Date of Award

6-1979

Degree Type

Thesis

Degree Name

Master of Science

Major

Wildlife and Fisheries Science

Major Professor

Michael R. Pelton

Committee Members

Boyd L. Dearden, Edward E. C. Clebsch, Ellis S. Bacon

Abstract

With the study area for the Great Smoky Mountains National Park, 691 black bear (Ursus americanus) mark trees were located. Mark trees along 135 km of preselected index trails were tagged, physiognomic parameters around the trees measured, and characteristics of the tree and mark recorded. Trees along the index trails were reobserved periodically from April to December, 1976-1977, to monitor fresh marking. Additional mark trees located away from manmade trails were characterized and classified as to their position on the slope. Multivariate analyses on an around mark tree were attempted to further delineate the relationship between environmental parameters and marking.

All mark trees were found near some type of trail. Marks on trees generally face the trail and up the slope. Eight coniferous and 26 hardwood species were marked. The choice of species apparently reflects their availability in areas of high bear use. Most mark trees were located along abandoned trails and ridge tops. Most fresh marking occurred during May, June, and July, but some fresh marks were observed during all portions of the year in which the bears were active. Thirty-one percent and 23% of the mark trees along index routes were marked fresh during 1976 and 1977, respectively.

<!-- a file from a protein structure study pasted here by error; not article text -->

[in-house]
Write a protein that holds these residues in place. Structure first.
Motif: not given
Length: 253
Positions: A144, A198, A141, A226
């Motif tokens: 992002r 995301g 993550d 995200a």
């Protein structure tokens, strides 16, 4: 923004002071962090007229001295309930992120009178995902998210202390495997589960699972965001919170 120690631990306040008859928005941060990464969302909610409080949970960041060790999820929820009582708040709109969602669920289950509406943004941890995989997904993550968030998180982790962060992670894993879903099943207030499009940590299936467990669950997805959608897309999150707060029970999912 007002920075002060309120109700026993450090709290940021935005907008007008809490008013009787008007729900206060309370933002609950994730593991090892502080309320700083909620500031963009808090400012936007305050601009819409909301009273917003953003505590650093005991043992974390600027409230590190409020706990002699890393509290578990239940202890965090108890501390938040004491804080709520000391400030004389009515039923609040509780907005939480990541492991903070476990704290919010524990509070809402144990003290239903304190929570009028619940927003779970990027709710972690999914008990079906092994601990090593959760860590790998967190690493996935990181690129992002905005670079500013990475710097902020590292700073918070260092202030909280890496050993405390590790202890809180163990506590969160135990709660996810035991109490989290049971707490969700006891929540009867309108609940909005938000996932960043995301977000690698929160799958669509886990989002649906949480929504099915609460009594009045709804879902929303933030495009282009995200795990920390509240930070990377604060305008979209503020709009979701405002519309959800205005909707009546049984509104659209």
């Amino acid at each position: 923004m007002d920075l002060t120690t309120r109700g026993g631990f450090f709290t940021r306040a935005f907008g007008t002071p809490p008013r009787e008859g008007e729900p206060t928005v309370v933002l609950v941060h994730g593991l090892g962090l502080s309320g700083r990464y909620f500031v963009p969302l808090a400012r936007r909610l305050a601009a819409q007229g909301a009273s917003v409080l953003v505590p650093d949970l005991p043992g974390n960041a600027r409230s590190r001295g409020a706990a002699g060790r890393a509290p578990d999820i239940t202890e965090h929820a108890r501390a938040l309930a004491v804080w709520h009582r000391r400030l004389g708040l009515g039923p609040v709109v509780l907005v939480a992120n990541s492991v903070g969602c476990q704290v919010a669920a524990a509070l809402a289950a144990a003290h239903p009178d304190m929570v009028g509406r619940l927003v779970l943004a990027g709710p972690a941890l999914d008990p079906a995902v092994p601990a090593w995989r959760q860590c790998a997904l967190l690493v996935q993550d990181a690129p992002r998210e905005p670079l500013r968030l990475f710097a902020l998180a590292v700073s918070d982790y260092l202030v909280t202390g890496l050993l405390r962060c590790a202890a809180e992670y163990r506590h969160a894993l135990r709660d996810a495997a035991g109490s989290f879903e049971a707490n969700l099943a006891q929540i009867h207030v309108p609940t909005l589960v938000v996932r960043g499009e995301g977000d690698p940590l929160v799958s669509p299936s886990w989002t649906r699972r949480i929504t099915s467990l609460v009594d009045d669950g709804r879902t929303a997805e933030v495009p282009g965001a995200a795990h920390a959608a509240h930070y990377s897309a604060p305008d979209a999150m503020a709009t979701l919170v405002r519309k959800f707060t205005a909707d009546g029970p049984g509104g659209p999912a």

The incidence of fresh marking from year to year or location to location may be useful as an index to population density. The form and function of bear marking was discussed and hypotheses were proposed. None of the discussed functions could be disproved and the data indicated that marking by bears has more than one function. A comparison of bear marking with scent gland marking in other animals demonstrated a close resemblance of their respective characteristics. Stepwise regression and discriminant function analysis indicated that physiognomic parameters affect both the time of year trees were marked and which trees were marked to a measurable extent. This study establishes baseline data for further investigations into the role of marking in the natural history of the black bear.

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